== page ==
Managing Quality from Design to Delivery

Sept. 1, 2009
The impact quality can have on corporate performance is often misunderstood and underestimated by manufacturing organizations.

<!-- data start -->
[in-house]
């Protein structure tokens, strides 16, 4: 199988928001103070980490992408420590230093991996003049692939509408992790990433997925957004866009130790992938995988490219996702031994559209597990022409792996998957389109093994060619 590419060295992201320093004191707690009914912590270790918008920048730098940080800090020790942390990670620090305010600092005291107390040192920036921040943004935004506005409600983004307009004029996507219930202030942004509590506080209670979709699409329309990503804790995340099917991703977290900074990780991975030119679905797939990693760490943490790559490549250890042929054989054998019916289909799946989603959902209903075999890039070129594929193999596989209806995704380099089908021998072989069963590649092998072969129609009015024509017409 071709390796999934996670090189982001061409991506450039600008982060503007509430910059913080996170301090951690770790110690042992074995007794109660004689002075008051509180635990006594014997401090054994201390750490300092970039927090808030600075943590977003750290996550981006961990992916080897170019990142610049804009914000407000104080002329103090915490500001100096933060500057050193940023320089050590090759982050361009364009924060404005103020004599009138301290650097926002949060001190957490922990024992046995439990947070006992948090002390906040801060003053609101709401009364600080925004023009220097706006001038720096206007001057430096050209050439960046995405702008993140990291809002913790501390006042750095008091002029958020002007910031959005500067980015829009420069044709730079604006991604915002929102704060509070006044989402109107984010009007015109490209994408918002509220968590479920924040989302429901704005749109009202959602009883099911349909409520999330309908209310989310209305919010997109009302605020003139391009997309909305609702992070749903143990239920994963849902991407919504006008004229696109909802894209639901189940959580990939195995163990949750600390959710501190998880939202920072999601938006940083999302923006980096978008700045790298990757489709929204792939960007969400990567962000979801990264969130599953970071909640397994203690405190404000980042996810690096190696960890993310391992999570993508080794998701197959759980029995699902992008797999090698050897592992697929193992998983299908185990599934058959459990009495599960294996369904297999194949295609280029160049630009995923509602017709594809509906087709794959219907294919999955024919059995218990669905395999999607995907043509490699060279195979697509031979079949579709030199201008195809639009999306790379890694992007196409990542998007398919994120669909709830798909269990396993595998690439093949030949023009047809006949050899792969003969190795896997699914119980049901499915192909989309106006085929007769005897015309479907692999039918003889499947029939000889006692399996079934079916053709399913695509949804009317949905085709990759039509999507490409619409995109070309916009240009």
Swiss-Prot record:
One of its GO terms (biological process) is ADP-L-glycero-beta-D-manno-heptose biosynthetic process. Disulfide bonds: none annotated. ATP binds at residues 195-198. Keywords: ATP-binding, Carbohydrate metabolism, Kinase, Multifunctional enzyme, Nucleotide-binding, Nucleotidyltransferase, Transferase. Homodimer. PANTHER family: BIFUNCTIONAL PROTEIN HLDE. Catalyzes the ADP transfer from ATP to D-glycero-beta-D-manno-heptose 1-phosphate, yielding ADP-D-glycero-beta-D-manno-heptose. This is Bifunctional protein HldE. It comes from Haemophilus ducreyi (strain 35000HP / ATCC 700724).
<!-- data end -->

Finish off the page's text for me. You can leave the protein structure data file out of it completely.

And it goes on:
If we examine the design-make-deliver processes, there are a number of workflows in which an incorporation of enterprise quality management processes would yield tangible benefits. The results of our research in closed-loop enterprise quality management identified how Best-in-Class manufacturers are effectively ensuring quality throughout these processes.The top pressures driving manufacturers to focus on enterprise quality management initiatives are the need to ensure customer satisfaction and the need to reduce the cost of quality. Both of these pressures were at the top of the list in last year’s study and both were selected by a majority of survey respondents this year, making it clear that these issues resonate in any economic climate. Aberdeen Group uses six key performance criteria to distinguish the Best-in-Class from Industry Average and Laggard organizations, and found through this analysis that Best-in-Class companies are gaining significant competitive advantage when compared with Industry Average and Laggards. The top strategic action, as was the case with market pressures, has remained the same since last year. The market at large is still most concerned with improving the visibility and control of quality processes. The real surprise this year, in regard to strategic actions, is the movement of the strategy regarding improving collaboration across the enterprise from fourth last year to second this year. Such a move could be signaling a maturation of the market in regard to the understanding of quality processes and that quality truly is more than scrap, rework or recalls; that it takes the combined effort of the entire value chain to make substantive improvements to quality execution.Collaboration can be a challenging but worthwhile undertaking. The question is where the focus of this collaboration should be placed to exact the most positive impact on the business and ultimately, corporate performance. Our research shows that the focus should be placed at the intersection points of the design-make-deliver business processes.To create a competitive advantage in today’s marketplace, it is critical for organizations to successfully innovate. This means that companies must be able to deliver new products to market on time, on quality and on volume, but none of these objectives can be singularly delivered by the product design, manufacturing or supply chain organizations. In fact, the degree to which these organizations successfully collaborate and address adverse events goes a long way in determining the achievement of time, quality and volume metrics.Technology platformOne of the key enablers of collaboration is technology. Successfully implementing a closed-loop enterprise quality management system involves the elevation of quality management to the enterprise level and building quality into the main business processes of any manufacturing organization. Accomplishing this involves both executive vision and an information technology (IT) strategy. It also involves deploying a number of traditional quality tools such as document management, corrective and preventive actions (CAPA), failure mode and effects analysis (FMEA), audit management and others, but again, the deployment of these technology enablers should be at the enterprise level. Additionally, a risk-based approach should be taken for the use of these systems, which means that efforts in these areas should be transitioned from one that just achieves compliance to one that reduces the overall risk profile of the organization and positively impacts key metrics for the organization.Matthew Littlefield, [email protected], is Senior Research Analyst, and Mehul Shah, [email protected], is Research Analyst, at Aberdeen Group Inc., in Boston.

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